Jesus’ miracle of healing the ten lepers (Luke 17:11-19) begins with Him traveling from Galilee through Samaria and then to Jerusalem, going through Jericho on the way. This roundabout route on His last trip to Jerusalem before being crucified provided Christ with various opportunities for healing and teaching. During His earthly ministry, Christ healed many people of leprosy (Matthew 11:5; Luke 7:22), but only two instances are recorded in detail and not this many at once.
As He enters a village, ten lepers approach Him, staying at a distance to avoid spreading their disease. They are a pitiful sight: ragged clothes and messy hair, slumped shoulders and drooping heads. As suffering outcasts with a shared need, they—nine Jews and one Samaritan—overlook their ethnic differences. In Scripture, the number ten represents completeness, just as the Ten Commandments cover God’s complete law. Here, ten represents the sum of human need and hopelessness.
1. What does leprosy picture spiritually? Luke 17:11-13.
Comment: The lepers “stood afar off” because leprosy was a dreaded, loathsome disease for which God gave Moses detailed instructions to deal with it. This was an incurable disease that would eventually disfigure and rot away the body. It was widely known that only God could heal it. So, when Christ healed the leper in Matthew 8:1-4, His divine nature was revealed to many. When the ten lepers saw Jesus, they were likely tempted to rush toward Him to be healed, but they obediently observed the legal distance of 100 paces (Leviticus 13:46; Numbers 5:2; II Kings 5:5).
In the Bible, leprosy illustrates the work of sin. Like leprosy, sin is a vile, contaminating, mortifying, unclean thing. It starts out as a spot that grows and festers until it takes in the whole person, condemning him to death. It is a type of the separation that sin causes, as well as representing how all people are alike in sin: “For there is no difference; for all have sinned and fall short of the glory of God” (Romans 3:22-23).
2. What condition did the lepers have to meet before healing? Luke 17:14.
Comment: Christ responds favorably to their plea in the form of a command: “Go, show yourselves to the priests” (Leviticus 13-14). Notice what follows: “As they went, they were cleansed.” The healing blessing came when the lepers obeyed Jesus’ command. Blessings are contingent upon obedience. We miss many blessings because there is too little “as they went” in our lives. If we do what we can in obedience, God will do for us what we cannot.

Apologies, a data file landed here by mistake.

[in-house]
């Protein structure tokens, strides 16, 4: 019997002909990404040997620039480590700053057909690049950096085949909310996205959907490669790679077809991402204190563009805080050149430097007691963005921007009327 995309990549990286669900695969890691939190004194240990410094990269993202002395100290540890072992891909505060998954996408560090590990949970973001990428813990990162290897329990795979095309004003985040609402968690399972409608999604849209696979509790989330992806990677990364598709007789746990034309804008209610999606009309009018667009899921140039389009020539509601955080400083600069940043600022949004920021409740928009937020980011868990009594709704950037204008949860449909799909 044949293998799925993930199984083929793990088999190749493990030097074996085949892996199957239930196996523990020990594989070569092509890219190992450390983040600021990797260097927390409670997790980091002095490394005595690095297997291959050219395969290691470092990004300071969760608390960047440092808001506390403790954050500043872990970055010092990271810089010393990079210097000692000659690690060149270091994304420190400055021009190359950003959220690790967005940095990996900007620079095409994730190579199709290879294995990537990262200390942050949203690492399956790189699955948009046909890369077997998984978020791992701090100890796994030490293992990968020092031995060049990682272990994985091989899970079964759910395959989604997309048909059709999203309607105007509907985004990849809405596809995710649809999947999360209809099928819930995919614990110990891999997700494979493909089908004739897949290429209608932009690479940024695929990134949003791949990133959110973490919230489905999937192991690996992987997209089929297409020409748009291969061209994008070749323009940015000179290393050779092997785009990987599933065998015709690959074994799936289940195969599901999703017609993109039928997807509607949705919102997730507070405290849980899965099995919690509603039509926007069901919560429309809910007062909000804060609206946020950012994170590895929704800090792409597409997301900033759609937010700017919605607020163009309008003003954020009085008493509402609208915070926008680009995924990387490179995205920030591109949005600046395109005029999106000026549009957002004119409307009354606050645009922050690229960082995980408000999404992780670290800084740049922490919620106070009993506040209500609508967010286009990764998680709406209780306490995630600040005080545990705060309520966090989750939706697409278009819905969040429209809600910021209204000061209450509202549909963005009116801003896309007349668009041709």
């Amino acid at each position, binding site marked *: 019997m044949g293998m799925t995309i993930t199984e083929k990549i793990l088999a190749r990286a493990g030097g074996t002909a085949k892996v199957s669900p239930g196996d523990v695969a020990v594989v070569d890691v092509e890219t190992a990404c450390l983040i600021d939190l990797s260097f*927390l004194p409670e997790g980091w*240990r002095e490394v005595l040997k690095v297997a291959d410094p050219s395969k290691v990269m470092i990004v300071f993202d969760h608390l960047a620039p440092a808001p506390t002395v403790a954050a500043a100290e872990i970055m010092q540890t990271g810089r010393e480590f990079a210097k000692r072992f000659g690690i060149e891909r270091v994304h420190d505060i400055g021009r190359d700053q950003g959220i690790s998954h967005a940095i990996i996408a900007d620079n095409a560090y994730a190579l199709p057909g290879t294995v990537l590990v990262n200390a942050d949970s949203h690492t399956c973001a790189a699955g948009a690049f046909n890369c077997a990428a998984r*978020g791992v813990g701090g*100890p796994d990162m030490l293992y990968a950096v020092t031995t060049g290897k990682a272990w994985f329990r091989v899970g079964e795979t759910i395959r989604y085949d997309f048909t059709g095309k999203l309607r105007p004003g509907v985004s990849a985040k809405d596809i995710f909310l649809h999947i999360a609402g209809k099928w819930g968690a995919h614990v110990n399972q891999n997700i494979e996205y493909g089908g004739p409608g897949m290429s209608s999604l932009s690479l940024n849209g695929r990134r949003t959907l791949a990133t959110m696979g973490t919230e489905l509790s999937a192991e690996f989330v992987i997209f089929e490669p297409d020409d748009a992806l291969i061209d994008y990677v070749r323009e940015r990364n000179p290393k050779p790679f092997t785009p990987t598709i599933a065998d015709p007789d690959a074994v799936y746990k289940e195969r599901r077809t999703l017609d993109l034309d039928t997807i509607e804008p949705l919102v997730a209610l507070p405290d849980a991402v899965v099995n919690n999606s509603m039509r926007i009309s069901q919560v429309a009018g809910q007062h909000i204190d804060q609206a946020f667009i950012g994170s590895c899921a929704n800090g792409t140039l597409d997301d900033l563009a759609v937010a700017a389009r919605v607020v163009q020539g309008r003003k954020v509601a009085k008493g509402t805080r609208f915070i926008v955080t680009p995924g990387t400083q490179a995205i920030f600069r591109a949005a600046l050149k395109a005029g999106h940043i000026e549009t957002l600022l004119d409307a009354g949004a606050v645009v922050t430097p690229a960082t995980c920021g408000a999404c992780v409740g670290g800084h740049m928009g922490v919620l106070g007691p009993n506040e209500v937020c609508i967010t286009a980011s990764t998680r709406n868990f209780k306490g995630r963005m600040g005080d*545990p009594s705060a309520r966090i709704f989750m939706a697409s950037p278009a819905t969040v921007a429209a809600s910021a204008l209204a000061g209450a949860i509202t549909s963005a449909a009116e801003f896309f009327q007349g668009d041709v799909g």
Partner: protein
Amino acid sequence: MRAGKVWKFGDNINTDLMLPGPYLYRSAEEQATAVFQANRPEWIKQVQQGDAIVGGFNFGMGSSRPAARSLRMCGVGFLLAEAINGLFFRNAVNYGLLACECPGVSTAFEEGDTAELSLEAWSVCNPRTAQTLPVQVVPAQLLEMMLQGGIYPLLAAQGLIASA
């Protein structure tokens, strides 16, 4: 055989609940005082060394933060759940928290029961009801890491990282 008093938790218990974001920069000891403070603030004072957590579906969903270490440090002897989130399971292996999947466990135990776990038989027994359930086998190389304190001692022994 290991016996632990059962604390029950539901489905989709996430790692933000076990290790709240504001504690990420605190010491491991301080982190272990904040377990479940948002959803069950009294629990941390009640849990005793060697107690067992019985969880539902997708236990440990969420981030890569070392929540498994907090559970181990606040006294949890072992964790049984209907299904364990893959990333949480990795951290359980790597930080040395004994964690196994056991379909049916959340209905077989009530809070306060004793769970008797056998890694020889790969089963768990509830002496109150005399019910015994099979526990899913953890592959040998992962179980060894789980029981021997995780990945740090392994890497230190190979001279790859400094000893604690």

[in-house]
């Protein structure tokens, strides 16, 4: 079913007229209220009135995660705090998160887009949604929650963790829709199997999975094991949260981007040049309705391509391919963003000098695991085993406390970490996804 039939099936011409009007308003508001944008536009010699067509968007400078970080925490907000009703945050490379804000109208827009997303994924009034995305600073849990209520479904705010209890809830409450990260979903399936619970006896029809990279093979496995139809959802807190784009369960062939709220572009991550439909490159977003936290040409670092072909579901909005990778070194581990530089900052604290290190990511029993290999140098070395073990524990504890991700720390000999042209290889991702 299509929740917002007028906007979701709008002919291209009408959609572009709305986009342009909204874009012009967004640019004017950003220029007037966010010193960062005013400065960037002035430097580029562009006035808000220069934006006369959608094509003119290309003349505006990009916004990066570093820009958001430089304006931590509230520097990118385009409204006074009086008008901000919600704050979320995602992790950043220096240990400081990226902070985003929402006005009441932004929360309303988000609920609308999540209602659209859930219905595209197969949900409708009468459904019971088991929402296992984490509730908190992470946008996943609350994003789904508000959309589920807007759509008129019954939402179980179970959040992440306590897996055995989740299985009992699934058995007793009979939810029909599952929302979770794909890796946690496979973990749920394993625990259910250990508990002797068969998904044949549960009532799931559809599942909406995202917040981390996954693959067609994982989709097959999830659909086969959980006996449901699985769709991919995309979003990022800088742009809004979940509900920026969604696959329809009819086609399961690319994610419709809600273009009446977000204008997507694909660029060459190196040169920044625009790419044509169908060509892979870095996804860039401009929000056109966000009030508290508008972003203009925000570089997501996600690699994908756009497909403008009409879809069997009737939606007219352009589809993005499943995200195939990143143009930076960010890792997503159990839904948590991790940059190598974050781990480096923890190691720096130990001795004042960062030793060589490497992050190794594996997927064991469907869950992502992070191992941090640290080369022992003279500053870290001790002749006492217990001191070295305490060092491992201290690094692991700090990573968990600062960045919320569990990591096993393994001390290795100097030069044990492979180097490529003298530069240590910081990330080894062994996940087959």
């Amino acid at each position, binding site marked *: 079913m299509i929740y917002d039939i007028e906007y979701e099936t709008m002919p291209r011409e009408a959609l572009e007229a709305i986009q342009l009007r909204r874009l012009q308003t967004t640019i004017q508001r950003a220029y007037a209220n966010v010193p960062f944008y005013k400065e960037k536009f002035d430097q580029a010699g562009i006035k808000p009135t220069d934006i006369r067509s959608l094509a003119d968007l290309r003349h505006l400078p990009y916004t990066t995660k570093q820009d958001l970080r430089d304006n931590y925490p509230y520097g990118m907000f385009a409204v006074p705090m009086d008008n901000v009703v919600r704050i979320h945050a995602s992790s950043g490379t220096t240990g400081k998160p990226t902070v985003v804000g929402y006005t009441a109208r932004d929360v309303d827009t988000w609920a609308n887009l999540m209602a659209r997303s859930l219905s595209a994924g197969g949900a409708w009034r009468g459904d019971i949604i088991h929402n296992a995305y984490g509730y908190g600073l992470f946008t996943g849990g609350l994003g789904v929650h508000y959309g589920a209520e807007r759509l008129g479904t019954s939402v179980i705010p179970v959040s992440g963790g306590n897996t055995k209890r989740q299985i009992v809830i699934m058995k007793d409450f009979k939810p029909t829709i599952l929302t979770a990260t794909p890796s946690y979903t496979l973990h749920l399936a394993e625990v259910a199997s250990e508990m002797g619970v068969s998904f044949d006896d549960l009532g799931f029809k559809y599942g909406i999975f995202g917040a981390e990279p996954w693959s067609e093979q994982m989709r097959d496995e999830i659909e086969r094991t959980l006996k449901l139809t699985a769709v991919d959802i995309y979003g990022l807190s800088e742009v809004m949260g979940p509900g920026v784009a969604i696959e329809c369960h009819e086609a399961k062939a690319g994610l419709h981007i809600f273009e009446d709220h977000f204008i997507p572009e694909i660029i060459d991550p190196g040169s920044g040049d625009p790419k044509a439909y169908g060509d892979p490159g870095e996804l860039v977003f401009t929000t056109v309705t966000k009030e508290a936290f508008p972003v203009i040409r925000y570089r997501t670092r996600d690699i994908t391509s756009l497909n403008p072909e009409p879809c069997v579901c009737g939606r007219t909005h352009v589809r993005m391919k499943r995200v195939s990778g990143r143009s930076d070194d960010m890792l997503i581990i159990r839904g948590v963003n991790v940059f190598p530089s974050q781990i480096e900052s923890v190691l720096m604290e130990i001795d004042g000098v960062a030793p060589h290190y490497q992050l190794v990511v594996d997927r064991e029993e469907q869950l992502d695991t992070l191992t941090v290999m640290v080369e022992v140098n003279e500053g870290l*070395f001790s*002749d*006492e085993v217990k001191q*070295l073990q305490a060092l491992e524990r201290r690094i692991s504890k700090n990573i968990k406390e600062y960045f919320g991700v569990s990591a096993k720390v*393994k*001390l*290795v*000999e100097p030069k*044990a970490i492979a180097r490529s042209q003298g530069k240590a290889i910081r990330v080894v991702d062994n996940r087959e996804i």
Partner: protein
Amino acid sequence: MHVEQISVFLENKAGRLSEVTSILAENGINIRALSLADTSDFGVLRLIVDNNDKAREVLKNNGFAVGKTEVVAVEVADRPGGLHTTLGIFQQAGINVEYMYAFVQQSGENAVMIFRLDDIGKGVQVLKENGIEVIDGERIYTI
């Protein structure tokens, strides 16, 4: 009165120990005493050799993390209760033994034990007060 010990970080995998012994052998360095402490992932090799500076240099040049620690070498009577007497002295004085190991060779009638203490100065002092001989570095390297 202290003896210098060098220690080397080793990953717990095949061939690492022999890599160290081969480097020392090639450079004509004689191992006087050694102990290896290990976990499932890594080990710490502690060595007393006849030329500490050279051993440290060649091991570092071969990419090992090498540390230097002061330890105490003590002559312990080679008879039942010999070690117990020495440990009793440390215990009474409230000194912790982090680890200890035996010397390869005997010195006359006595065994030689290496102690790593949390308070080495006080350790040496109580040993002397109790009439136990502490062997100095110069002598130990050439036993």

Two great blessings came to the lepers through obedience. The first is that they were cleansed of the leprosy. The healing of leprosy is usually spoken of as being “cleansed” (“healed” is also used in verse 15). Lepers were unclean, so they had to be cleansed. Disobedience corrupts, but the commands and works of God purify.
The second blessing is that, by seeing the priests as He commanded, the lepers had their social restrictions cancelled. They were free to go wherever they wanted, reunite with family and friends, work normal jobs, and freely associate with whomever they wished. Far from restricting us, following God’s instruction grants us freedom. The world taunts believers at times by telling them that the Bible’s commandments only restrict them from having a good time, but that is not true. It is sin that restricts, binds, and enslaves.
3. Is there both a cost and a result in praising God for His blessings? Luke 17:15-18.
Comment: “And one of them, when he saw that he was healed, returned, and with a loud voice glorified God” (Luke 17:15). The term “returned” (NKJV) or “turned back” (KJV) indicates that praising God requires effort and sometimes sacrifice. The healed leper was not timid or bashful about praising God. While being loud may show more dishonor than honor, in this case, his loudness showed his zeal in praising God. It also emphasized the completeness of the healing, as leprosy generally affects the voice (Psalm 51:15-17).
His zeal also showed that he was not a secret disciple and not ashamed to honor God in public. He “fell down on his face at His feet, giving Him thanks” (Luke 17:16). In each of the 38 occurrences of this verb (Greek eucharisteœ) in the New Testament, “giving of thanks” is always directed to God. We must always thank God for what He has provided (Psalm 107:8, 15, 21, 31).
Comment: Jesus informs the healed leper that his faith had made him whole, and because of his return to thank and praise God, more blessing would come as a result: spiritual healing. This added blessing of salvation is especially tied to the man’s faith. His faith not only sent him to Christ for healing, but it also sent him back to praise and thank Him.
When we follow the will of God, we find our path taking many different turns. But we can take comfort in knowing that God has a purpose for each turn. The turns are not aimless and meaningless but are for our benefit and learning, as well as for our service to Him. No challenge in a Christian’s life is without divine purpose and approval. God’s providence is in control in every aspect of our lives.
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